Weaning Baby and Breastfeeding

Baby-led weaning is a term that conjoins the physical and developmental readiness for the infant to have interest in food. The ability to have good head support and posture, oral development -that supports the tongue to move a mass of food from the tip of the tongue to the rear of the mouth through chewing, an active gag reflex that protects the airway for safe swallowing of food and hand eye coordination to reach out and hold food.

There is no evidence to support that an infant needs to start on puréed and spoon feeding. With baby led weaning the infant learns to chew first and then swallow.
baby led weaning

Baby-led Weaning

Baby-led weaning is a term that conjoins the physical and developmental readiness for the infant to have interest in food. The ability to have good head support and posture, oral development -that supports the tongue to move a mass of food from the tip of the tongue to the rear of the mouth through chewing, an active gag reflex that protects the airway for safe swallowing of food and hand eye coordination to reach out and hold food.

There is no evidence to support that an infant needs to start on puréed and spoon feeding. With baby led weaning the infant learns to chew first and then swallow.

Why 6 months?

There is a lot of research supporting that mums’ milk has all your baby needs for the early months. Around six months, some of the micronutrients dip such as iron and moving to solid foods can compliment this.

At six months they are also developmentally ready and evidence supports that introducing solids and lumpier foods can also help with speech and language development.

What Foods to Start with:

The most important thing is that infants are always supervised and should not be left alone with food.

Many mums may start with steamed carrot sticks, sweet potato wedges, cut cucumber, as these are easy to grasp by the ever learning six-month baby and over time, you can reduce the sizes to smaller pieces.

There is no reason not to give your baby Spaghetti Bolognese or mashed potato, cauliflower and broccoli cheese if your baby is reaching out to explore these.

No Bowls or Spoons?

To be honest, weaning is all about learning and having fun. Be prepared for mess! Many mums look at using just the high chair tray rather than having a bowl that can be thrown on the floor. A spoon can be shoved too far or could be too long to be used from pot to mouth, but those amazing fingers and hands can hold, dip and pick up food straight into the mouth.

You may feel protecting the floor is useful, wipe clean tablecloths for the early few weeks and bibs including sleeves can be helpful. With time your baby will be able to coordinate a spoon and use a bowl but there is no rush.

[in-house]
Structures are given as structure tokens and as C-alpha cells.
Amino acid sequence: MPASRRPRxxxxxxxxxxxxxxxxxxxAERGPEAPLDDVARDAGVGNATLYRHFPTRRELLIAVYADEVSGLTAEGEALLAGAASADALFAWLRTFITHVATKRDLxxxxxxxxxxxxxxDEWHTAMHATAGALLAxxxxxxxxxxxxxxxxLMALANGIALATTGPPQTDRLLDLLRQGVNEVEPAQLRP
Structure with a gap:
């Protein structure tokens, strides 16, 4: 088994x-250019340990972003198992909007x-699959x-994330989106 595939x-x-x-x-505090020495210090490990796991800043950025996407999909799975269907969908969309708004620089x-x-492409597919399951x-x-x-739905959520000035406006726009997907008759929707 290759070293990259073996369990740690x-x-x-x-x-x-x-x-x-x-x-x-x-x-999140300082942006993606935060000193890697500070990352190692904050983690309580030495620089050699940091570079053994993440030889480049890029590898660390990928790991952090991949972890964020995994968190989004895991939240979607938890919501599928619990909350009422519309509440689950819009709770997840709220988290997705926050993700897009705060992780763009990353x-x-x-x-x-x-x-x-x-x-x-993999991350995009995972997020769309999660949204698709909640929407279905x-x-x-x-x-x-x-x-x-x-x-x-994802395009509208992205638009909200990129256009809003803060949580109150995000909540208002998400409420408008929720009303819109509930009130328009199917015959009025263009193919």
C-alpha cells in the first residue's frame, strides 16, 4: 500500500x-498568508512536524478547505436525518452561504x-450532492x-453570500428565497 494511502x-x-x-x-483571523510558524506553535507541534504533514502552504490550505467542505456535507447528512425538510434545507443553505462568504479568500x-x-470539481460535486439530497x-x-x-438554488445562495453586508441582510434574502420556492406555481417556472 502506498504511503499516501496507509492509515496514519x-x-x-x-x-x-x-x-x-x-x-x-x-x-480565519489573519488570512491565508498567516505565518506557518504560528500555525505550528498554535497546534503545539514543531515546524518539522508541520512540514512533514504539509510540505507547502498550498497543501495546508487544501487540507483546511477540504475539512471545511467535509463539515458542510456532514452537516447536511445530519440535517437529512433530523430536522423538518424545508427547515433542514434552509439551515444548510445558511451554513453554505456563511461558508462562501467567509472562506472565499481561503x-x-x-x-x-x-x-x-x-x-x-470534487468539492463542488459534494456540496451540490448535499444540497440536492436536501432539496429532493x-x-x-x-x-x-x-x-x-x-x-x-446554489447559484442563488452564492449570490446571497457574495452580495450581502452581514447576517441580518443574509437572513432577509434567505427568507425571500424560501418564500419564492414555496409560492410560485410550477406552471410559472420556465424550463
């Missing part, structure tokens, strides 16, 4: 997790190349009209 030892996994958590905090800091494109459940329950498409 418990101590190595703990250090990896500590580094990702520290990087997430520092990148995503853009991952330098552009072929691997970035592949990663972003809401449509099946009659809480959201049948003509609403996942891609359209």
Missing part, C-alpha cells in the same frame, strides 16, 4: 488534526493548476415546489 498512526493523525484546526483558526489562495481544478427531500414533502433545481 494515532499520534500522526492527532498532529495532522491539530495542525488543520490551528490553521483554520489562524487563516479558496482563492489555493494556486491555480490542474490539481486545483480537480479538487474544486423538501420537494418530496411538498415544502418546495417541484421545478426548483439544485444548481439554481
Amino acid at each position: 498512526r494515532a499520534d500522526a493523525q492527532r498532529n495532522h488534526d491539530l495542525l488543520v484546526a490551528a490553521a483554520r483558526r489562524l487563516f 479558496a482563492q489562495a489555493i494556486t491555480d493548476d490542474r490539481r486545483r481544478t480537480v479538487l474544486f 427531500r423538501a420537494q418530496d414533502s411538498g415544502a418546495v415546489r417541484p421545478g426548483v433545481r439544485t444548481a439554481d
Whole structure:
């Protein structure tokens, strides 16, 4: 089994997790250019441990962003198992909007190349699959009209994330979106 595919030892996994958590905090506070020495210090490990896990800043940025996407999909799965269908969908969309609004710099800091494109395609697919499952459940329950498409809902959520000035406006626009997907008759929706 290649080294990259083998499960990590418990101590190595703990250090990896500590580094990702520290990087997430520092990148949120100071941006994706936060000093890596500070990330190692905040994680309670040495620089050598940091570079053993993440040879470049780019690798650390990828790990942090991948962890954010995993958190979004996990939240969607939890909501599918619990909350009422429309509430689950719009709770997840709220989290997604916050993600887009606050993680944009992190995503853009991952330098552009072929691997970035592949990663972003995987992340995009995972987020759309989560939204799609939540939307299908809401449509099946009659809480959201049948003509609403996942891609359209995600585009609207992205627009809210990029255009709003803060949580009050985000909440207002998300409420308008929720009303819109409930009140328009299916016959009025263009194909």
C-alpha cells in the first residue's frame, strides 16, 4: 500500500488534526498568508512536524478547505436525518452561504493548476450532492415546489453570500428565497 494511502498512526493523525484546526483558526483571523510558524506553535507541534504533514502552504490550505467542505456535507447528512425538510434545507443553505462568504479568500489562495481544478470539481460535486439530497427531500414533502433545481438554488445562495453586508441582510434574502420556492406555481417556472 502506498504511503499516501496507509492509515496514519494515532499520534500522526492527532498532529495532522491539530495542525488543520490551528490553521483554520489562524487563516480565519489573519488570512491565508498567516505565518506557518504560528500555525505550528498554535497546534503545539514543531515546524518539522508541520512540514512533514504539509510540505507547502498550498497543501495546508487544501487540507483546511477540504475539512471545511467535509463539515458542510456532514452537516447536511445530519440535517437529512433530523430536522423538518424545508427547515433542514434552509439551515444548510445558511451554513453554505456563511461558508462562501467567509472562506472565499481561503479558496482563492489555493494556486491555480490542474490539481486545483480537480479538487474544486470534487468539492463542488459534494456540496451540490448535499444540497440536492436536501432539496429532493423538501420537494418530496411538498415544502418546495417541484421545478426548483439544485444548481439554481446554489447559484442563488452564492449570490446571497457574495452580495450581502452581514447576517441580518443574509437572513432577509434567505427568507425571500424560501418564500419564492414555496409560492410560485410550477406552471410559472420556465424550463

What about breastfeeds?

For the first month or so your baby's main nutrition will still be mums milk. You can start weaning but still breast feed first before mealtimes to begin with. This will gradually shift if your baby then nurses to sleep for a nap. By 7-8 months your baby will be eating more and more solids, but may too still be wanting milk feeds. Just see how you go.

Nightfeeds:

Many mums are unsure about the advice around night feeds and weaning. There are no rules, however there are some factors to consider which may help.

We know that breastfeeding is so much more than milk and food, babies get comfort, reassurance, feel safe and secure and it can act as pain relief when little one is teething or unwell. To suddenly stop feeding and reduce a time when your baby is reaching out to mum may be distressing and confusion/uncertainty is to be expected.

If your baby is on the higher centile for weight and length your health visitor will have a chat with you to understand what foods, you are giving and will help you to find the right balance without affecting nursing.

Some babies are more unsettled during weaning as their tummies and digestive system have to adapt and breakdown food that is more complex than milk. This may make them a little more unsettled and colicky at night time but just know, it does settle. There is no reason to stop offering night feeds if that is what you and your baby want, it is just a case of finding the right balance for both of you.

Going Back to Work:

Some mums find that their baby doesn't bottle feed even with expressed milk and often have increased feeds in the evening and during the night.

This is difficult for mum having to balance work, sleep deprivation and the needs of their baby.

If baby is having solids then your baby's carer can add expressed milk into breakfast cereals, make a cheese sauce, offer yogurts, sugar free jelly as ways of giving them fluids, and then when mum comes home they just go to breast and take what they need. This is another topic that we will come back to at a later date.

What is important to remember is that weaning should be fun, a learning experience, each baby will wean at their own pace, don't compare with your friends’ baby but share recipe ideas, tips and laugh at the mess with them. Enjoy this next stage, meal times are a time of coming together as family and friends.